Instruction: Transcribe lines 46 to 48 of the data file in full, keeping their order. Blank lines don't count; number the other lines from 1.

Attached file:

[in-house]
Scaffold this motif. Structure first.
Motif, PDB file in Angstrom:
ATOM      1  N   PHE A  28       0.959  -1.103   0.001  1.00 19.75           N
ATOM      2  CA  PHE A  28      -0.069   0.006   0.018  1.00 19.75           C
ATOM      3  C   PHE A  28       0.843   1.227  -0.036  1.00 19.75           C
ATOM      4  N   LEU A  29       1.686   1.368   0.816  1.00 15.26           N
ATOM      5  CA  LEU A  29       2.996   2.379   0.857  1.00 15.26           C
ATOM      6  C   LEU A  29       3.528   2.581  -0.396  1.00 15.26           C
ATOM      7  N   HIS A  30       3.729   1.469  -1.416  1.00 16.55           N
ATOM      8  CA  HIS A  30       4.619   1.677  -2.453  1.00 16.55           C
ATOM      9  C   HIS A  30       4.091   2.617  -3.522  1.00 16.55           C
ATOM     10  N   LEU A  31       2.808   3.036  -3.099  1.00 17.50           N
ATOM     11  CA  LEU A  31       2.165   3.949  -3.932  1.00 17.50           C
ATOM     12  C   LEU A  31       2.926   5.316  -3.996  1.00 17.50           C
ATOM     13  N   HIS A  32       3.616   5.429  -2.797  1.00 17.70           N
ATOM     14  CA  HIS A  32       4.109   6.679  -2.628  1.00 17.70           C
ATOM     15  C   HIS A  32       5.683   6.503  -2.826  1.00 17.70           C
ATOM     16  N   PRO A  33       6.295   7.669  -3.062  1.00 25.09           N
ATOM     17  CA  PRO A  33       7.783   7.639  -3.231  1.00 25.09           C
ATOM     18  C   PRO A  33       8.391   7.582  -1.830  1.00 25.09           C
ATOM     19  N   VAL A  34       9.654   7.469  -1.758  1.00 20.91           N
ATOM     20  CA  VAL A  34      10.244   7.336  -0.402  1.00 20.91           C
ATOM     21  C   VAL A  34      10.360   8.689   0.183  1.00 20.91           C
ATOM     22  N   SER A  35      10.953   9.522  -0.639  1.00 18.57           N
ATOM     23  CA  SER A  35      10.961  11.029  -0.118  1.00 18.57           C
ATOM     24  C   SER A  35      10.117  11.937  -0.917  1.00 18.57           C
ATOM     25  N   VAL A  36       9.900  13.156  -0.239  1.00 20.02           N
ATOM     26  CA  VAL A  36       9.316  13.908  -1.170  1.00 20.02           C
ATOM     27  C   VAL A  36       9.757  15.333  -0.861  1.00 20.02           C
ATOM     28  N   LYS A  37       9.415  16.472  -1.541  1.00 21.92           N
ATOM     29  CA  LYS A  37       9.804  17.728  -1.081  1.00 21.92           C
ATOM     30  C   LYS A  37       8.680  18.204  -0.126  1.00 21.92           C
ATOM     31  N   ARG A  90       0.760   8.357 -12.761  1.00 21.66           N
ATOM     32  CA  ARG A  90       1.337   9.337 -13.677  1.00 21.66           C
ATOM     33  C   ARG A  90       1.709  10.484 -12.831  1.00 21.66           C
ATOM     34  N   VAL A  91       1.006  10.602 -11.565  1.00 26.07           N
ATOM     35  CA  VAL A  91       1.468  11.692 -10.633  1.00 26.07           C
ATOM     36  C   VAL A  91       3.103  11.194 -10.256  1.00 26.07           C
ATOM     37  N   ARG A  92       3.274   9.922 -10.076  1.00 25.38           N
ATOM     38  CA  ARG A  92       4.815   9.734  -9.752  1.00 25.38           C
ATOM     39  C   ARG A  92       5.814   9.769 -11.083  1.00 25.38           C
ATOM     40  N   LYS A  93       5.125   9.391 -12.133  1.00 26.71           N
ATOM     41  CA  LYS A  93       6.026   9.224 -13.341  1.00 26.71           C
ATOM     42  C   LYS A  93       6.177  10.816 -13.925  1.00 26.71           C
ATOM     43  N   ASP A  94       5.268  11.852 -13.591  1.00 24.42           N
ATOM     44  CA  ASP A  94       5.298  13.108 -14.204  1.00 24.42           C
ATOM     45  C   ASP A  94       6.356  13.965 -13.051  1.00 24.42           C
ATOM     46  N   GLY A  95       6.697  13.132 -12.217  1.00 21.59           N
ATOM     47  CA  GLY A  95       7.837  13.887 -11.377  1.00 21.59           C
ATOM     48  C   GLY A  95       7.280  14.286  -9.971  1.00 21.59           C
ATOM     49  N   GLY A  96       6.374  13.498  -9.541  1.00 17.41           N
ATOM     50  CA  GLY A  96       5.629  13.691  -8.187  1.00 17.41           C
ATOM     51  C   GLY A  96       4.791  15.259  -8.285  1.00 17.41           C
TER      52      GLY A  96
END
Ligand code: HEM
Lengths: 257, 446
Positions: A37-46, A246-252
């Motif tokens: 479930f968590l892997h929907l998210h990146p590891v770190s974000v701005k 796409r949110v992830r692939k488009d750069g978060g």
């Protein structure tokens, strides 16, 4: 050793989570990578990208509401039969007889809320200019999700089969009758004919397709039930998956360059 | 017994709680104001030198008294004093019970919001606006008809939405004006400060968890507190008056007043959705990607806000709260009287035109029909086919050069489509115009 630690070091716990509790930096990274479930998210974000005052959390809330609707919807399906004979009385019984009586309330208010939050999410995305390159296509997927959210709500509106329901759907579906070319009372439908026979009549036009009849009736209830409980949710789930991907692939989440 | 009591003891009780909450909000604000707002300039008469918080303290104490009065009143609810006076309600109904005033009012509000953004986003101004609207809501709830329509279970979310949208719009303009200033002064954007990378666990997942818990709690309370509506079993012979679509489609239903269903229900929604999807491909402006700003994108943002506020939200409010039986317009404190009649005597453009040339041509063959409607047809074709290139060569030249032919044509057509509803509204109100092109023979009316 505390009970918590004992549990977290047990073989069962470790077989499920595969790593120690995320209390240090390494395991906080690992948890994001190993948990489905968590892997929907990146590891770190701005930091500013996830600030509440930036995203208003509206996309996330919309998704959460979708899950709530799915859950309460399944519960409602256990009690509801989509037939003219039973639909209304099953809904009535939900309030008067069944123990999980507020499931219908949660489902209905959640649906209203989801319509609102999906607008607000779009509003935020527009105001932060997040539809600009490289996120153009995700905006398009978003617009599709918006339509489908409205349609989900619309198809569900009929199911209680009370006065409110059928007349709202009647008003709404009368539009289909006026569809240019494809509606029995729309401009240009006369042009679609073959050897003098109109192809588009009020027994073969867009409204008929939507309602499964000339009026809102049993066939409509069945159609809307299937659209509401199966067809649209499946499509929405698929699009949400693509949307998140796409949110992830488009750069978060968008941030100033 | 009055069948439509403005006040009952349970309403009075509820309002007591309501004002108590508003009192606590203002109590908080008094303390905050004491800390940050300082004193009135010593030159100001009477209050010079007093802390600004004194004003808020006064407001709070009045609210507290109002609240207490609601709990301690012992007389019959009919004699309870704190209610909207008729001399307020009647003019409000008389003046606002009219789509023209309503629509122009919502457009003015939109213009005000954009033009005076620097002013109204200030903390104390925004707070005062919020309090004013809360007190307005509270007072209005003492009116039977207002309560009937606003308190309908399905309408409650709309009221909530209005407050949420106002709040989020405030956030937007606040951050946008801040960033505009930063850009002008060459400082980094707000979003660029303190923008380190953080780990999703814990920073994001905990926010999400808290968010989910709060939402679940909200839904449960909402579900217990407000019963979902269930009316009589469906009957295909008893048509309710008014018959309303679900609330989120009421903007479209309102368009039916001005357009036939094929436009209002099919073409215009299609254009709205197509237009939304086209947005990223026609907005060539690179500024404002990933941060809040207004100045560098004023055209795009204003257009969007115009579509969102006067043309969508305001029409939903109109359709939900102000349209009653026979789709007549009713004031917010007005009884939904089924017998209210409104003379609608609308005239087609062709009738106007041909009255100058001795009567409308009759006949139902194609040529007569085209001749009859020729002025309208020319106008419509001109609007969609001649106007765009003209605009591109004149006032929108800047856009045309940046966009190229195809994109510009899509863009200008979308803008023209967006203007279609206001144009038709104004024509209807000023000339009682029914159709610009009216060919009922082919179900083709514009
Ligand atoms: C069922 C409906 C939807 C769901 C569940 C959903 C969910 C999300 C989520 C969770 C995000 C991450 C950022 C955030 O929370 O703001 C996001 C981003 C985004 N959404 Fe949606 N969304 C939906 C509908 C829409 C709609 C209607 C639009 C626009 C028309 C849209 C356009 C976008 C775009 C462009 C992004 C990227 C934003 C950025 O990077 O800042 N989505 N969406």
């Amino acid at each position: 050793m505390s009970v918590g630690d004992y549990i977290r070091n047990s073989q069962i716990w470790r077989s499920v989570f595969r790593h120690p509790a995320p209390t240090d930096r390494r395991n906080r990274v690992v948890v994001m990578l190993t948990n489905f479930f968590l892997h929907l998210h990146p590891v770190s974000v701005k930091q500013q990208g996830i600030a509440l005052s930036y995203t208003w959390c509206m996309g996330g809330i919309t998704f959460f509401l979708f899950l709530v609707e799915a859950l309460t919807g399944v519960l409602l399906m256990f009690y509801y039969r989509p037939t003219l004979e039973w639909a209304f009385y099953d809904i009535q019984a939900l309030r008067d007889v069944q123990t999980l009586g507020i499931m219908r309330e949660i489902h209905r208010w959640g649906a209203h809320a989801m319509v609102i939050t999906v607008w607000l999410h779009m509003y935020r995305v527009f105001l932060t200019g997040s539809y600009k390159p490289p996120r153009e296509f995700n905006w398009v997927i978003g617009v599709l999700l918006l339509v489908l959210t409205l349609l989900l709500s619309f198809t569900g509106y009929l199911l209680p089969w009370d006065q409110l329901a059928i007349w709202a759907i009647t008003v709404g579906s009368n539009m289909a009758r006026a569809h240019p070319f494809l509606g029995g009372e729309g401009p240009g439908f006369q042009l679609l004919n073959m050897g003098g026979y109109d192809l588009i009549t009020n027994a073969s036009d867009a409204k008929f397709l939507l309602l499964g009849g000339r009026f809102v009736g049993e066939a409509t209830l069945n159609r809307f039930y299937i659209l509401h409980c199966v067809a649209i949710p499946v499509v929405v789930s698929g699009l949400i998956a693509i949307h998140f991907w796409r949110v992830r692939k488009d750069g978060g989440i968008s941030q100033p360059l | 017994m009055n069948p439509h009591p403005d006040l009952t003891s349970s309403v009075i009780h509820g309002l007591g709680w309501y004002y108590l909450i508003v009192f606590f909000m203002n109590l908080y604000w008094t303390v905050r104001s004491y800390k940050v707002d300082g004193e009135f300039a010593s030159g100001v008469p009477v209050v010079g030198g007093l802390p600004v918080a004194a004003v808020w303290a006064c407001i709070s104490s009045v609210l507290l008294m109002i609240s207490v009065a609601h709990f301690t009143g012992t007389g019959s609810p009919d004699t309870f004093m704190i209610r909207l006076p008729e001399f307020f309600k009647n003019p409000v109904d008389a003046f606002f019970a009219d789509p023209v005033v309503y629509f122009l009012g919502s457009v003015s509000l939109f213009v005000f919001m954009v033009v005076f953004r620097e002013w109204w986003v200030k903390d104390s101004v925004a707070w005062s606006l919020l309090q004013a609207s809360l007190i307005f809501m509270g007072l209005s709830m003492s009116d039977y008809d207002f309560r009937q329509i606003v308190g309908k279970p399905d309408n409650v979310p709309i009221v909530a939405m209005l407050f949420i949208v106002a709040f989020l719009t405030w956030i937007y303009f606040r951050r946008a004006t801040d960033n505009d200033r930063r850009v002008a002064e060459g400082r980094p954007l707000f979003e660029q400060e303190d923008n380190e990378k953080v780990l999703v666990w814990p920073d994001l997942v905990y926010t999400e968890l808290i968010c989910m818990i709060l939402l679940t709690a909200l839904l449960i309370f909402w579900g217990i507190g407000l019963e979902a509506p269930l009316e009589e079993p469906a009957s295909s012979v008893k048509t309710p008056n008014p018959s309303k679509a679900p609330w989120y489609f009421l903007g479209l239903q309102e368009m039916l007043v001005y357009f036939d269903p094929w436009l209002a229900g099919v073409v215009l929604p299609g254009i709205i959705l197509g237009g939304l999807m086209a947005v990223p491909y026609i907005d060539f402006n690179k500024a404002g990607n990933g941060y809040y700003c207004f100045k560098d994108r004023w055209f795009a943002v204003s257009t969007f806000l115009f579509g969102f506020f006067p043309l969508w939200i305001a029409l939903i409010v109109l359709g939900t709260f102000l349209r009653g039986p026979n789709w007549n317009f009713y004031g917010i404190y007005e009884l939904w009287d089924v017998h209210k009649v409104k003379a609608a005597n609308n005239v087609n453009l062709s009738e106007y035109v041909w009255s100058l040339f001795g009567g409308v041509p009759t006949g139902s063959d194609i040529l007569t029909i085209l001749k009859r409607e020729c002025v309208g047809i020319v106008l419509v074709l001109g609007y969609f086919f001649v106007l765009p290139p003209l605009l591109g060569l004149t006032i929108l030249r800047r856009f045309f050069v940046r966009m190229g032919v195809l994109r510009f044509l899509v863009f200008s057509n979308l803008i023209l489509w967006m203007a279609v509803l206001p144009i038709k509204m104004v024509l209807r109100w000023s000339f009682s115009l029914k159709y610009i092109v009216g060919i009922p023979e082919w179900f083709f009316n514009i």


ATOM     43  N   ASP A  94       5.268  11.852 -13.591  1.00 24.42           N
ATOM     44  CA  ASP A  94       5.298  13.108 -14.204  1.00 24.42           C
ATOM     45  C   ASP A  94       6.356  13.965 -13.051  1.00 24.42           C